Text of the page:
Automated machines rummage through the wreckage of a spaceship—after a battle with the Jillies—gathering the human dead and placing them into cold storage, to be stitched together again for another fight.   Absolom Bracer is one of the casualties of Earth and its colonies’ war with the a vaguely known alien foe (the before mentioned Jillies) doing their “damnedest” to “eat up every crumb” of the “apple pie” (as sophisticated as a Richard C. Meredith gets)  (192).  Captain (eventually Admiral) Bracer of the warship Iwo Jima after his death becomes one the resurrected—“a shiny meter-tall cylinder of metal supporting what was left of the upper torso of a man” (9).  What remains are a “few bones, a little living flesh and muscle” and most importantly, “a collection of tangled Continue reading Book Review: We All Died at Breakaway Station, Richard C. Meredith (1969)

Updates: Recent Science Fiction Acquisitions No. CXXVIII (Roberts + Cherryh + Blish + Knight + Pangborn)

Finally, a famous (“Joachim Boaz you will adore it”) fix-up novel by Keith Roberts enters my collection….

Overpopulation SF never gets old—even if I have low expectations about this one.

More Pangborn and a singleton Cherryh novel I had never heard of….

Thoughts?

1. A Torrent of Faces, James Blish & Norman L. Knight (1967)

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(Diane and Leo Dillon’s cover for the 1968 edition) Continue reading Updates: Recent Science Fiction Acquisitions No. CXXVIII (Roberts + Cherryh + Blish + Knight + Pangborn)

Guest Post: The Killer Thing, Kate Wilhelm (1967)

The sixth in my Kate Wilhelm’s SF Guest Post Series (original announcement and post list) comes via 2theD (twitter) over at Potpourri of Science Fiction Literature and Tongues of Speculation. He is a prolific blogger of vintage, translated, and newer science fiction.  Unfortunately, and much to my frustration (he knows!), he is on something of a hiatus (other than short story summaries and ratings).  Thus, when I approached him about participating in this series he volunteered one of his older reviews.  As I remembered it fondly, I agreed.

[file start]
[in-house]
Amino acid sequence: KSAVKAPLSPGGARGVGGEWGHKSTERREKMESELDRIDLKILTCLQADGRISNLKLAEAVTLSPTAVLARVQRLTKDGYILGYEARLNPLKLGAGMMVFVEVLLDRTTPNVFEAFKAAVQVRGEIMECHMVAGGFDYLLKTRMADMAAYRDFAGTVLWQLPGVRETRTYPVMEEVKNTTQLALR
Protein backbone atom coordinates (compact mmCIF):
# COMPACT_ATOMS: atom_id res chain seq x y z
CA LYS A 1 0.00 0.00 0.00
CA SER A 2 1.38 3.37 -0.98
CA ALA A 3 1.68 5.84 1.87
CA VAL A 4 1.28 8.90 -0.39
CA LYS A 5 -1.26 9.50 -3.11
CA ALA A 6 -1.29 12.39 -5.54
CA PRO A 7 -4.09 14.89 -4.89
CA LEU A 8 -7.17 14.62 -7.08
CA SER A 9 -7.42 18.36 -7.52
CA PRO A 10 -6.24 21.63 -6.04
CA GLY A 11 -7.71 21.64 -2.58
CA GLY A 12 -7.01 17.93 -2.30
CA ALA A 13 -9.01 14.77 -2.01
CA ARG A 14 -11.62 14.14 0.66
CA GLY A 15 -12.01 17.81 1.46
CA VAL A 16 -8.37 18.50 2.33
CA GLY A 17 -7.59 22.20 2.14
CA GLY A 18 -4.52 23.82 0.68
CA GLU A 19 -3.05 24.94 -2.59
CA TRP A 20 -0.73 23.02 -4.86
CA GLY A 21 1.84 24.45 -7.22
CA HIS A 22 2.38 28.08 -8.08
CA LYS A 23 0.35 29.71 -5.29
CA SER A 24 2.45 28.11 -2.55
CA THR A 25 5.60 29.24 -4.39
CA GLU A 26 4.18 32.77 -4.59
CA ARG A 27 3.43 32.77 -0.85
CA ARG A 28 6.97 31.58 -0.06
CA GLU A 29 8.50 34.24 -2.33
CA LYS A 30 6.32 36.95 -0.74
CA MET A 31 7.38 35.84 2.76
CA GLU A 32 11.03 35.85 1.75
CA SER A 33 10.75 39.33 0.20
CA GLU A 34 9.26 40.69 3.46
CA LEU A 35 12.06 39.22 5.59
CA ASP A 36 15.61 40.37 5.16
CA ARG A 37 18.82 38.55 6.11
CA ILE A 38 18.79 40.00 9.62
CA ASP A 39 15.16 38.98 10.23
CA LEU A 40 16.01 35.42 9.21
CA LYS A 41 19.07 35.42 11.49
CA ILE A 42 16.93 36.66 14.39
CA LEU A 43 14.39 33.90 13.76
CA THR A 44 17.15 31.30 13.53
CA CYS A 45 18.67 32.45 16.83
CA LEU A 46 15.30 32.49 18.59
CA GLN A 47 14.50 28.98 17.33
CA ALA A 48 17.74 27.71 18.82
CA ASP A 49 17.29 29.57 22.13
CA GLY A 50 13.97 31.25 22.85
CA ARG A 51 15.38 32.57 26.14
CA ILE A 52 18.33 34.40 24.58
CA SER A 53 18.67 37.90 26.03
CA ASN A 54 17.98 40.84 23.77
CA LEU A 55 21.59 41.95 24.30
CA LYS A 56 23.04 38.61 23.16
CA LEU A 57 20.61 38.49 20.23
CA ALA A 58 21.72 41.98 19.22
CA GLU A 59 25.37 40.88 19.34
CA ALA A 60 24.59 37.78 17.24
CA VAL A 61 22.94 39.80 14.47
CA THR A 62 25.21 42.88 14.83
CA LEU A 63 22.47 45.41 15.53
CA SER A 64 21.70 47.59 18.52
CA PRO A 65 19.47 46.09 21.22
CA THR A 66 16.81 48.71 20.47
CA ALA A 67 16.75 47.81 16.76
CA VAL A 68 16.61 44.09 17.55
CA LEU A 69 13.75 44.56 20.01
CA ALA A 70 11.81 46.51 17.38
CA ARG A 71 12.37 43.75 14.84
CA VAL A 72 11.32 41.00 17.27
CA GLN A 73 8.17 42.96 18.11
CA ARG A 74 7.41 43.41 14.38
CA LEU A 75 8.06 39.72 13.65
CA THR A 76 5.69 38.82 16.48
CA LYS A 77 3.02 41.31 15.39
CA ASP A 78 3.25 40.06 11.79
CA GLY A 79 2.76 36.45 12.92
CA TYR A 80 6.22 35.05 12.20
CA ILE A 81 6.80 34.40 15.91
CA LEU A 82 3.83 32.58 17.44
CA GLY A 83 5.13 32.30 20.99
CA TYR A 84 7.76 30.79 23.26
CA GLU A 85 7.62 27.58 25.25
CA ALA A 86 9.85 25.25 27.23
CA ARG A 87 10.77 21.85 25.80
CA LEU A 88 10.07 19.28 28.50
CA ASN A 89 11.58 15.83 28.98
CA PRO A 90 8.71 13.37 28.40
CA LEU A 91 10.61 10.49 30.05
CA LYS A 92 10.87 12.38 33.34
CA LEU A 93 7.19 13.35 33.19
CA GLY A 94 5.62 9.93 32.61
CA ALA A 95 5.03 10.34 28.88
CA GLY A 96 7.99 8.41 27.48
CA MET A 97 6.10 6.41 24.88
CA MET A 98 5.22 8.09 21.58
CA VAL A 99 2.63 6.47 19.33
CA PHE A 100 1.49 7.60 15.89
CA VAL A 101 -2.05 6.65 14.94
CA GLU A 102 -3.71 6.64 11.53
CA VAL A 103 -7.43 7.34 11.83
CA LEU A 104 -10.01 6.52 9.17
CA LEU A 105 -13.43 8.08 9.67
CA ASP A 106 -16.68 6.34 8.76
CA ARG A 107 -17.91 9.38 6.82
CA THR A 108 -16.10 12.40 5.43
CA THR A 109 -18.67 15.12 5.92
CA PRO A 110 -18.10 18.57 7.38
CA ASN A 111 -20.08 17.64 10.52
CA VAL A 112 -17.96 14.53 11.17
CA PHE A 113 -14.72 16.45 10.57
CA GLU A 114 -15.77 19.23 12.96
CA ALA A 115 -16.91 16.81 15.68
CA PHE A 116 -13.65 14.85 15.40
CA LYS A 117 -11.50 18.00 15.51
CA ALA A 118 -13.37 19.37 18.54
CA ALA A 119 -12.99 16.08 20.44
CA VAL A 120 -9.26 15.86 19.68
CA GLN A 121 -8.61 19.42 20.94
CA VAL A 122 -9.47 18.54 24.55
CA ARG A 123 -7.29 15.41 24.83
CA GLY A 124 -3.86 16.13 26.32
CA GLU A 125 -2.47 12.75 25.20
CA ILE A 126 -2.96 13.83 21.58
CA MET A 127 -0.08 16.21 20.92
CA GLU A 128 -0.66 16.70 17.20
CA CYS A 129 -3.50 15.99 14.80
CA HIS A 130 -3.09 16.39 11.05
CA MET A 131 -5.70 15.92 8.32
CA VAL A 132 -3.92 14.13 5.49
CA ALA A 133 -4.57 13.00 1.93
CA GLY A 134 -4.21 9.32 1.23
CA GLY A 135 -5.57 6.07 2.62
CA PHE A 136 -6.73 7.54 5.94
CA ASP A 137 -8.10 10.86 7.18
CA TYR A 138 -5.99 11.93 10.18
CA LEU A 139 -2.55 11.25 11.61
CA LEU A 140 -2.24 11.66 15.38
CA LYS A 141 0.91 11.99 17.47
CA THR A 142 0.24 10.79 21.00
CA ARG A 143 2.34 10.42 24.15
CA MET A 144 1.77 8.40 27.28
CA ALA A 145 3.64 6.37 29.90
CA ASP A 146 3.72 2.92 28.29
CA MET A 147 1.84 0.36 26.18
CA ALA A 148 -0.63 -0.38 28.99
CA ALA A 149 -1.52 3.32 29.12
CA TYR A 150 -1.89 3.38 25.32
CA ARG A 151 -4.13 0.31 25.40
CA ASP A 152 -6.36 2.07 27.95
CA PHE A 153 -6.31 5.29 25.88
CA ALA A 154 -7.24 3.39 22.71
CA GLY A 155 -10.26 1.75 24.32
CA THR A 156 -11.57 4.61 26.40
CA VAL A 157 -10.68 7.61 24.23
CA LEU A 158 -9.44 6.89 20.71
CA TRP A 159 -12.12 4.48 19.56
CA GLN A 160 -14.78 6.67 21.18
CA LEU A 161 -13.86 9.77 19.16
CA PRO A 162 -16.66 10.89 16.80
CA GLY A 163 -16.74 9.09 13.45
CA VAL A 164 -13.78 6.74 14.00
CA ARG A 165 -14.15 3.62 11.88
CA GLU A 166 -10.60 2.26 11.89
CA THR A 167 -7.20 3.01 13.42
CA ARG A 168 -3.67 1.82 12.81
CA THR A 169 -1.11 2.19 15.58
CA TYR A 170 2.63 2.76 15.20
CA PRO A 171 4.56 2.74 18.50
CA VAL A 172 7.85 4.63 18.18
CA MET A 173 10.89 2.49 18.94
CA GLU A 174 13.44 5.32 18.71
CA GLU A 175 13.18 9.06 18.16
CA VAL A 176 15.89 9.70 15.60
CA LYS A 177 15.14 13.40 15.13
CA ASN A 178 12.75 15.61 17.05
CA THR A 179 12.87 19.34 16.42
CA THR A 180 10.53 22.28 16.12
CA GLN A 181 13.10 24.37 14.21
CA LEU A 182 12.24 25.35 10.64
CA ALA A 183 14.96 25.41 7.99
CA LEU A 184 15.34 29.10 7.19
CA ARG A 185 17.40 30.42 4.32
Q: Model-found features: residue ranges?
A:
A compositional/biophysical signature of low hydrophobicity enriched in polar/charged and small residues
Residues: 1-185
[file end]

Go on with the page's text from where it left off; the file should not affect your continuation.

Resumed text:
Thanks so much for contributing!

~

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(Patrick Goodfellow’s (?) cover for the 1972 edition)

Kate Wilhelm is among a handful of female science fiction writers who need no introduction. She’s authored scores of short stories, about thirty-six genre novels, and eleven collections. She’s probably more prolific than many common and respectable male authors, yet she receives very little of the limelight that’s due to her (outside of SFMistress’s occasional posting on her work). Of her novels, I read her most popular work Where Late the Sweet Birds Sang (1976) and the much lesser popular Let the Fire Fall (1969), their respective popularity very much reflecting their quality. The two-story collection in Abyss (1971) had some Continue reading Guest Post: The Killer Thing, Kate Wilhelm (1967)

Updates: Recent Science Fiction Acquisitions No. CXXVII (Malzberg + Silverberg + Biggle, Jr. + Zelazny)

One of Robert Silverberg’s most famous 70s novels…

Barry N. Malzberg’s first published novel (more speculative fiction than SF)…

Lloyd Biggle, Jr.’s best known novel…

And Roger Zelazny’s first published collection of SF shorts…

And some great covers!

1. The Book of Skulls, Robert Silverberg (1971)

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(Uncredited cover for the 1971 edition) Continue reading Updates: Recent Science Fiction Acquisitions No. CXXVII (Malzberg + Silverberg + Biggle, Jr. + Zelazny)